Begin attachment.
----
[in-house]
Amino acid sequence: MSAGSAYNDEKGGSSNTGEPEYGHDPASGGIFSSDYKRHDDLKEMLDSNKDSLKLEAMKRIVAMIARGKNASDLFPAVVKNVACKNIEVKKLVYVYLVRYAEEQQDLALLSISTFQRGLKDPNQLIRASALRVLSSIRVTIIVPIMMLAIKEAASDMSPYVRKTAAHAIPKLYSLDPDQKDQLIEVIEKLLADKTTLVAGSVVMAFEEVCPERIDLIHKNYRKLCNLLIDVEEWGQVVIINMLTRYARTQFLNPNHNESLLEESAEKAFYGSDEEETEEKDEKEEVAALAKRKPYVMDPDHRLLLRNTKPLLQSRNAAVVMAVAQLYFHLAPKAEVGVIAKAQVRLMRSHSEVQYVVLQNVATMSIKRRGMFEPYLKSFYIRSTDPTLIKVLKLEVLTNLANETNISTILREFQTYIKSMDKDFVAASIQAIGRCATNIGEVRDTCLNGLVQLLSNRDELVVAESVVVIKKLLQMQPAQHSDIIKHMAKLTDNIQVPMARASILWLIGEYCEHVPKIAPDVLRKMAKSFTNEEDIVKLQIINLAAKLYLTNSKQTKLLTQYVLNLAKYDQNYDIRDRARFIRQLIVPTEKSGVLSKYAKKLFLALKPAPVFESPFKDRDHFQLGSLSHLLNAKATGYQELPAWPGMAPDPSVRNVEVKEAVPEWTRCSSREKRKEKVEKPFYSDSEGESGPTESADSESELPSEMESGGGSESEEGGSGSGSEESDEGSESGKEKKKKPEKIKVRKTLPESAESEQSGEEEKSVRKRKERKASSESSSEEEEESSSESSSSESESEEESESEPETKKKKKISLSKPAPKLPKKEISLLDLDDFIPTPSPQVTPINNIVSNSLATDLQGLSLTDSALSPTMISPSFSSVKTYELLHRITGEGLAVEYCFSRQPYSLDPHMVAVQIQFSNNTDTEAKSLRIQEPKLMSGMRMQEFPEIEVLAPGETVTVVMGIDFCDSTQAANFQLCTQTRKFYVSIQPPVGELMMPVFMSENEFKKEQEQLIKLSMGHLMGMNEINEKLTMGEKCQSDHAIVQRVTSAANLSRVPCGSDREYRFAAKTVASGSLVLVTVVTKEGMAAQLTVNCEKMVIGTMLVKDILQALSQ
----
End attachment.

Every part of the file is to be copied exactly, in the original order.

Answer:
[in-house]
Amino acid sequence: MSAGSAYNDEKGGSSNTGEPEYGHDPASGGIFSSDYKRHDDLKEMLDSNKDSLKLEAMKRIVAMIARGKNASDLFPAVVKNVACKNIEVKKLVYVYLVRYAEEQQDLALLSISTFQRGLKDPNQLIRASALRVLSSIRVTIIVPIMMLAIKEAASDMSPYVRKTAAHAIPKLYSLDPDQKDQLIEVIEKLLADKTTLVAGSVVMAFEEVCPERIDLIHKNYRKLCNLLIDVEEWGQVVIINMLTRYARTQFLNPNHNESLLEESAEKAFYGSDEEETEEKDEKEEVAALAKRKPYVMDPDHRLLLRNTKPLLQSRNAAVVMAVAQLYFHLAPKAEVGVIAKAQVRLMRSHSEVQYVVLQNVATMSIKRRGMFEPYLKSFYIRSTDPTLIKVLKLEVLTNLANETNISTILREFQTYIKSMDKDFVAASIQAIGRCATNIGEVRDTCLNGLVQLLSNRDELVVAESVVVIKKLLQMQPAQHSDIIKHMAKLTDNIQVPMARASILWLIGEYCEHVPKIAPDVLRKMAKSFTNEEDIVKLQIINLAAKLYLTNSKQTKLLTQYVLNLAKYDQNYDIRDRARFIRQLIVPTEKSGVLSKYAKKLFLALKPAPVFESPFKDRDHFQLGSLSHLLNAKATGYQELPAWPGMAPDPSVRNVEVKEAVPEWTRCSSREKRKEKVEKPFYSDSEGESGPTESADSESELPSEMESGGGSESEEGGSGSGSEESDEGSESGKEKKKKPEKIKVRKTLPESAESEQSGEEEKSVRKRKERKASSESSSEEEEESSSESSSSESESEEESESEPETKKKKKISLSKPAPKLPKKEISLLDLDDFIPTPSPQVTPINNIVSNSLATDLQGLSLTDSALSPTMISPSFSSVKTYELLHRITGEGLAVEYCFSRQPYSLDPHMVAVQIQFSNNTDTEAKSLRIQEPKLMSGMRMQEFPEIEVLAPGETVTVVMGIDFCDSTQAANFQLCTQTRKFYVSIQPPVGELMMPVFMSENEFKKEQEQLIKLSMGHLMGMNEINEKLTMGEKCQSDHAIVQRVTSAANLSRVPCGSDREYRFAAKTVASGSLVLVTVVTKEGMAAQLTVNCEKMVIGTMLVKDILQALSQ